ST. PETERSBURG — Community-owned grocery co-ops, limitations on dollar-type stores, mobile markets, free food distribution and coolers at city-run recreation centers are a few ways the City of St. Petersburg is tackling its food insecurity issues. As our city competes with other regions for jobs and new residents, its leadership knows a healthy population is a necessity to succeed.
From an equity profile of Pinellas County by UNITE Pinellas, it is evident that the playing field is far from level. Regarding equity, specifically health equity, we know five things:
- Inequity is historical rooted in public policy and bias and is not based on personal failings
- Equity is the superior economic model
- There is a path forward. By learning more about local dynamics and conditions and exposing the root causes that underlie disparities, our community can influence changes that can create a more just, fair and equitable Pinellas County
- The levelers that are most likely to generate change are policy, institutional practices and changing the traditional narrative.
- A lack of community awareness of inequity exists nationally and in Pinellas County
Local businesses, with knowledge of what is available and how to partner, can remain profitable and level the field on food insecurity. Kenwood Organic Produce has done just that.
Through a Florida program called Fresh Access Bucks, SNAP recipients can double the value of their benefits on Florida-grown organic produce. The “bucks” are accepted at farmer’s markets, produce stands and mobile markets.
Kenwood Organic Produce, owned by Marcile Powers and Keevy McAlavay, agreed last year to accept what is known as “double SNAP,” which doubles the value of SNAP dollars on Florida-grown produce.
For St. Petersburg residents who live within a 10-mile radius of Kenwood, this also means free home delivery on a double produce box. This area includes all of southern Pinellas County.
This willingness to participate pleases Heather Henderson of Feeding Florida.
“I’m so impressed with their passion and commitment to increasing healthy food access and supporting Florida farmers,” said Henderson.
Kenwood co-owner, Powers, agrees and recalls a time when other St. Petersburg residents were in need.
“When the government shut down happened, we gave produce boxes to Coast Guard members,” said Powers. “Providing double SNAP boxes and delivering them feels the same.”
Within a 42-block of St. Petersburg’s south side are two USDA-designated food deserts where access to fresh fruits and vegetables is severely limited. For a community that struggles with transportation, the program will significantly help those in need of fresh food alternatives.
Since the closing of the area’s only full-service grocery store more than 1,000 days ago, many residents use public transportation to do their grocery shopping, which can make obtaining groceries a time-consuming and labor-intensive task. Lack of access to affordable and nutritious foods exacerbates chronic conditions like heart disease, diabetes and renal failure.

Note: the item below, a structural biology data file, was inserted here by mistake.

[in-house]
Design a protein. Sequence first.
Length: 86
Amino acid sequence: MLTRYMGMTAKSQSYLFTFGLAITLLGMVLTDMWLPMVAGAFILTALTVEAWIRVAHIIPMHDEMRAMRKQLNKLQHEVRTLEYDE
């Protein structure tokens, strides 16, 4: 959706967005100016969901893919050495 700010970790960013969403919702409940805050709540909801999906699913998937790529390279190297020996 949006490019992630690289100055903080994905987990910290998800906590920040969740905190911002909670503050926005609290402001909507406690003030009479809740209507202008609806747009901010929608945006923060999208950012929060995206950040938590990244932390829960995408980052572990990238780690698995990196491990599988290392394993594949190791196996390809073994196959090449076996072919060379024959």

Kenwood Organic Produce’s delivery service and willingness to partner with government programs is innovative and speaks to the business owners’ desire to give back to their community.
Chambers of commerce, city, and county economic development experts, Healthy St. Pete and health planners who advocate for Health in all Policies can help local businesses solve our food insecurity problem by educating about and encouraging participation in programs like Fresh Access Bucks and other innovative solutions.
We have taken countless measurements, written pages of reports, and attended numerous conferences to glean best practices to bring back to our communities. It is now time to put resources and energy into solutions.
It is time for tangible policy and action. It is time for non-profits and the government to show businesses what is needed and possible. It is time to put resources, previously used for data collection, into a communications plan that targets local businesses with the vital message, “Here’s how you can make a difference in health equity.”
Florida SNAP and USDA facts:
- Approximately 3.5 million people in Florida participate
- 134,000 reside in Pinellas County
- The average amount of time people receive benefits is nine months
- There are two USDA-designated food deserts in south St. Petersburg
- The USDA designates an urban food desert as a census tract area with a poverty rate of 20 percent or greater where 33 percent or more of the population lives one mile from a grocery store.
For more information, you can contact Kenwood Organic Produce at 727-777-7306, stop by at 3325 5th Ave. N. St. Petersburg or visit kenwoodorganic.com.